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Author (up) Da Silva, A.; Valcu, M.; Kempenaers, B. url  doi
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  Title Behavioural plasticity in the onset of dawn song under intermittent experimental night lighting Type Journal Article
  Year 2016 Publication Animal Behaviour Abbreviated Journal Animal Behaviour  
  Volume 117 Issue Pages 155-165  
  Keywords Animals  
  Abstract The disruption of daily rhythms is one of the most studied ecological consequences of light pollution. Previous work showed that several songbird species initiated dawn song earlier in areas with light pollution. However, the mechanisms underlying this shift are still unknown. Individuals may immediately adjust their timing of singing to the presence of artificial light (behavioural plasticity), but the observed effect may also be due to phenotype-dependent habitat choice, effects of conditions during early life or micro-evolution. The main aim of this study was to experimentally investigate how males of four common passerine species respond to day-to-day variation in the presence of artificial night lighting in terms of the timing of singing. During two consecutive breeding seasons, we manipulated the presence of light throughout the night in a cyclic fashion in several naturally undisturbed forest patches. We show that individuals of all four species immediately and reversibly adjusted their onset of dawn singing in response to artificial light. The effect was strongest in the European robin, but relatively small in the blue tit, the great tit and the blackbird. The effect in the latter two species was smaller than expected from the correlational studies. This may be coincidence (small sample size of this study), but it could also indicate that there are longer-term effects of living in light-polluted urban areas on timing of dawn singing, or that birds use compensatory behaviours such as light avoidance. We found no evidence that our light treatment had carryover effects into the subsequent dark period, but robins progressively advanced their dawn singing during the light treatment.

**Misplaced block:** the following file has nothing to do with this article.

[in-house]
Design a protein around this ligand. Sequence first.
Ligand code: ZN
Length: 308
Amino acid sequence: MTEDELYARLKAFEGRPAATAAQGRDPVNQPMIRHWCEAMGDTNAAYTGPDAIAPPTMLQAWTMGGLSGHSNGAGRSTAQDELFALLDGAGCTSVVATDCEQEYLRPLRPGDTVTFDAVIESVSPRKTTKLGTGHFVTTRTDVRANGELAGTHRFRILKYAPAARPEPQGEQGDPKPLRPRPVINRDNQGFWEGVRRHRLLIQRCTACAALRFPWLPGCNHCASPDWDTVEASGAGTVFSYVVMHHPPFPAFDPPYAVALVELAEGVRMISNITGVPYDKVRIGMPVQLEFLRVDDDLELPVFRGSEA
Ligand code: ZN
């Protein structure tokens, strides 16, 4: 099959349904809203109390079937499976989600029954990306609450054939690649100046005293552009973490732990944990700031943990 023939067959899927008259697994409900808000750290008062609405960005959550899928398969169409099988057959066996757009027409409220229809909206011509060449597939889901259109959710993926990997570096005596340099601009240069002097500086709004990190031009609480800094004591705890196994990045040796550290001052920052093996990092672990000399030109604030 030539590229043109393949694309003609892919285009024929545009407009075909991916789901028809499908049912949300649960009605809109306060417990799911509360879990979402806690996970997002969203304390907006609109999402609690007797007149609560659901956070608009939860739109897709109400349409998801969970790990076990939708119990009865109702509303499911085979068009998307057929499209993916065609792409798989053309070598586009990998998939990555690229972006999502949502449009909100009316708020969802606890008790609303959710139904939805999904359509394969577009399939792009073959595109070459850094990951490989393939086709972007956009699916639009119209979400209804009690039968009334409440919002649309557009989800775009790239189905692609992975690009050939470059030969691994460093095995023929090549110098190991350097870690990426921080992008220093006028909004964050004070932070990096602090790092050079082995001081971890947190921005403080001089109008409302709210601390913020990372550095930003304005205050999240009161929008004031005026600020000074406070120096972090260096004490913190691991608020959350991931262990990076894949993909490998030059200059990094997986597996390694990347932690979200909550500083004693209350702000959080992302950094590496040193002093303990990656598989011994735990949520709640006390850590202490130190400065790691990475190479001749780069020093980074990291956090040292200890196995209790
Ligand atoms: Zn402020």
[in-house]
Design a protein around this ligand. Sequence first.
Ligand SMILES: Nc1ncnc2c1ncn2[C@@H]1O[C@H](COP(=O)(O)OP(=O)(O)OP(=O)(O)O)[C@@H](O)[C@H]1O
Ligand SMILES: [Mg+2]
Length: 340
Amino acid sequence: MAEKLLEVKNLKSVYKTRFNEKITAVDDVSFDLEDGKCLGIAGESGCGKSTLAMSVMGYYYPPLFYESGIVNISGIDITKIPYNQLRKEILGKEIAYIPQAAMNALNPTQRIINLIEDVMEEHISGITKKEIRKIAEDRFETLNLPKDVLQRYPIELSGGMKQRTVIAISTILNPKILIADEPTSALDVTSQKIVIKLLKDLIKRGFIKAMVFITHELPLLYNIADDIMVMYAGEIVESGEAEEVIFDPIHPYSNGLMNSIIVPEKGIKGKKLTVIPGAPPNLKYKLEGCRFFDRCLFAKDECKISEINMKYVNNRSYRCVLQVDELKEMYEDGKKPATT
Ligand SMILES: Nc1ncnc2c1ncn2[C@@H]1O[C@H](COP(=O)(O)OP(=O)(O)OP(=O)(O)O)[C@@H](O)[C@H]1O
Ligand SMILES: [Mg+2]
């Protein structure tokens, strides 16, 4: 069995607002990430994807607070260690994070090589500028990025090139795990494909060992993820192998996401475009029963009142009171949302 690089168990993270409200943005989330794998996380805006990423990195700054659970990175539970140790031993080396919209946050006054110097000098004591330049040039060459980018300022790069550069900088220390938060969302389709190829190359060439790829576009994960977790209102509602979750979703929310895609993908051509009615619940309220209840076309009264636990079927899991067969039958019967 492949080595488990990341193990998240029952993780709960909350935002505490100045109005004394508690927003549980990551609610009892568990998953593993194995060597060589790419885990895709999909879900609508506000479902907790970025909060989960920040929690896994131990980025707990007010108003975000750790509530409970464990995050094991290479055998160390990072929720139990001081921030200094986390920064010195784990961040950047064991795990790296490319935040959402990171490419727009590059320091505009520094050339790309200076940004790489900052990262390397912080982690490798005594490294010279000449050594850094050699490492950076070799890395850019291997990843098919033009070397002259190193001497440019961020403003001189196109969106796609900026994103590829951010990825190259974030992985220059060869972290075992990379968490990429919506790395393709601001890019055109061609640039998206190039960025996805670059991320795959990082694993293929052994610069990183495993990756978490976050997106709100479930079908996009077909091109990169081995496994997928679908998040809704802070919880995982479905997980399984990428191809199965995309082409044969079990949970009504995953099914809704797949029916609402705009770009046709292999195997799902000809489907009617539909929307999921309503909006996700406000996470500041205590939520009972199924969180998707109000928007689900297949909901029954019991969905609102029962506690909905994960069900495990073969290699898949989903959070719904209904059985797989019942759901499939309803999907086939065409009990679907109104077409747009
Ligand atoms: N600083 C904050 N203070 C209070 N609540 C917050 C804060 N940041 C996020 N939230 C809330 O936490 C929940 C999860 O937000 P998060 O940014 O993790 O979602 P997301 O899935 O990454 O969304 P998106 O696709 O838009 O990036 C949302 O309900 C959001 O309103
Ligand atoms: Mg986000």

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  Corporate Author Thesis  
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  Language Summary Language Original Title  
  Series Editor Series Title Abbreviated Series Title  
  Series Volume Series Issue Edition  
  ISSN 0003-3472 ISBN Medium  
  Area Expedition Conference  
  Notes Approved no  
  Call Number LoNNe @ kyba @ Serial 1467  
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